Archive for the ‘Argory’ Category

Victorian high-tech

January 26, 2011

The Staircase hall at The Argory, with its Regency Argand oil chandelier later converted to gas. ©NTPL/Andreas von Einsiedel

The National Trust guidebooks editors have just published a downloadable guide to the historic lighting at The Argory, Co Armagh. It was written by Maureen Dillon, the NT’s adviser on historic lighting, and curator Frances Bailey.

The Drawing Room, with an early-twentieth-century neo-Regency gas chandelier. ©NTPL/Andreas von Einsiedel

The Argory has a rare collection of Victorian and Edwardian light fittings. They date from when the house was built by Walter McGeough Bond in the 1820s and from a modernisation in about 1900.

The acetylene gas plant at The Argory. ©NTPL/W.Anderson-Porter

In 1906 a small acetylene gas plant was installed in a special building near the house in order to provide up-to-date lighting. Acetylene gas is released by exposing calcium carbide to water. 

The Dining Room, with a gasolier in the Arts and Crafts style. ©NTPL/Andreas von Einsiedel

This kind of gas provision was considered ideal for country houses, as it was cheap and needed little maintenace. Gas lighting was in use at The Argory until 1983.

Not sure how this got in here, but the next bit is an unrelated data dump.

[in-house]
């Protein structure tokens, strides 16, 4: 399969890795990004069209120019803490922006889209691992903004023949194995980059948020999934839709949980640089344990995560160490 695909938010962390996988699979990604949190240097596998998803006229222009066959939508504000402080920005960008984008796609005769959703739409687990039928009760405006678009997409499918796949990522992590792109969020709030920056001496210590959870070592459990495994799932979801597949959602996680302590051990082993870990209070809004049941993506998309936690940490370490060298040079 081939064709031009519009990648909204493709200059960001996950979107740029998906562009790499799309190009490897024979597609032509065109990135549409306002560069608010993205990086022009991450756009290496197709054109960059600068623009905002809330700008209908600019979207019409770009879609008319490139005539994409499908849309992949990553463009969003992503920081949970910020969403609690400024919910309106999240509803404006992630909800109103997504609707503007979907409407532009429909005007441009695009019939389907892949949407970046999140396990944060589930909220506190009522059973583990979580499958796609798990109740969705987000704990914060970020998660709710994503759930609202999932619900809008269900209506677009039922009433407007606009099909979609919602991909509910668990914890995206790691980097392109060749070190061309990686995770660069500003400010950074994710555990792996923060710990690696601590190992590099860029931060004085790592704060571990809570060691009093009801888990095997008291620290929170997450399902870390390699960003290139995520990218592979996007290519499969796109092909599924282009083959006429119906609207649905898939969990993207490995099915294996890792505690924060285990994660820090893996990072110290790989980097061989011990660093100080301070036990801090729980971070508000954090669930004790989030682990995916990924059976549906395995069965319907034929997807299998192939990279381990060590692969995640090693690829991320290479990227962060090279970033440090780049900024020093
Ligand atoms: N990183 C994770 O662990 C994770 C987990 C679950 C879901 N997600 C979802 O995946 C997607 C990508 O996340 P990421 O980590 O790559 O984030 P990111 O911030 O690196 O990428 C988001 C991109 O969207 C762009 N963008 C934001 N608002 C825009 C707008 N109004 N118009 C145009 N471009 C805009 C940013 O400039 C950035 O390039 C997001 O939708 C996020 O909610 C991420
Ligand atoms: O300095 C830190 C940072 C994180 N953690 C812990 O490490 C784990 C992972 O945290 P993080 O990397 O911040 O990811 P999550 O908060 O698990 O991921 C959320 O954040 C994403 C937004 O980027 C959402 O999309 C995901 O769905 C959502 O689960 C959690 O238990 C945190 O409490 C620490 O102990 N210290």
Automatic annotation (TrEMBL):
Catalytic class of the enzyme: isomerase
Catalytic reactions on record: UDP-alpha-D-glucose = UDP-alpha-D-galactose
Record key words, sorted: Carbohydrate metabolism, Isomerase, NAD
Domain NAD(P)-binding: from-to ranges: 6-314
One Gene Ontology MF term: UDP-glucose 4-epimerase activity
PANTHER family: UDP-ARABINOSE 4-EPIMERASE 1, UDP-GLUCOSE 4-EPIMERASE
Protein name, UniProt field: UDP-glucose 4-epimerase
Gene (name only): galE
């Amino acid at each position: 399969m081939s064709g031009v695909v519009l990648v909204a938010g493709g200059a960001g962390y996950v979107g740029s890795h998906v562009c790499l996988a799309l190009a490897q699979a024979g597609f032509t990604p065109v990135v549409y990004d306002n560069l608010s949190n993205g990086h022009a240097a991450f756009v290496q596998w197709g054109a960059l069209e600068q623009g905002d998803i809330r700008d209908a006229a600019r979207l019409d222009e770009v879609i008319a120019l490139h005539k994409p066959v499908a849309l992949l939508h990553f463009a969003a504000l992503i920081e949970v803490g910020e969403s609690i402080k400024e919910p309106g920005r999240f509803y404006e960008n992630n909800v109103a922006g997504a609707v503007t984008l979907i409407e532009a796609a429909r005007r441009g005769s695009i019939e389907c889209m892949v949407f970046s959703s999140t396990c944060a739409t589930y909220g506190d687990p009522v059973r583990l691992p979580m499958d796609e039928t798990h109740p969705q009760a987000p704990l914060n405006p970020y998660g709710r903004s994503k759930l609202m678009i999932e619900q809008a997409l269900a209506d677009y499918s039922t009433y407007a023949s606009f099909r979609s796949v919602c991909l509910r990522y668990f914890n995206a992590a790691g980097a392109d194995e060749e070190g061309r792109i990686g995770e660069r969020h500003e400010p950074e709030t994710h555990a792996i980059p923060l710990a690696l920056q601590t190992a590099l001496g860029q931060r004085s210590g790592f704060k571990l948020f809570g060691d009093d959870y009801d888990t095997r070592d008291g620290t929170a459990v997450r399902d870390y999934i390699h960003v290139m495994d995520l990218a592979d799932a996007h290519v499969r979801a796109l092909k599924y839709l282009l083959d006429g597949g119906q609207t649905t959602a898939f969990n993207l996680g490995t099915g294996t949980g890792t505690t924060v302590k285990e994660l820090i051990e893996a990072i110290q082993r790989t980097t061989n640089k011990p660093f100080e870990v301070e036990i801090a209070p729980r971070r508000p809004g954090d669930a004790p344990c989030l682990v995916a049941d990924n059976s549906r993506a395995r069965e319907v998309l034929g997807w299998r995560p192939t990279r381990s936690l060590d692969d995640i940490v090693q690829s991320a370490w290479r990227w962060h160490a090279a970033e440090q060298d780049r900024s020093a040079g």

Table lamp plugged into the acetylene gas supply. ©NTPL/W.Anderson-Porter

The acetylene-powered light fittings included table lamps, with a tube supplying the gas from a pipe in the wall, reminiscent of a modern-day electric socket.

Captain Shelton's Bedroom, showing at left a 'Surprise' pendant gas light, which was invented in 1893 and could be rotated both horizontally and vertically. ©NTPL/Andreas von Einsiedel

When the house was first built in the 1820s lighting was provided by Argand oil lamps. Many of the original light fittings were later converted to gas.


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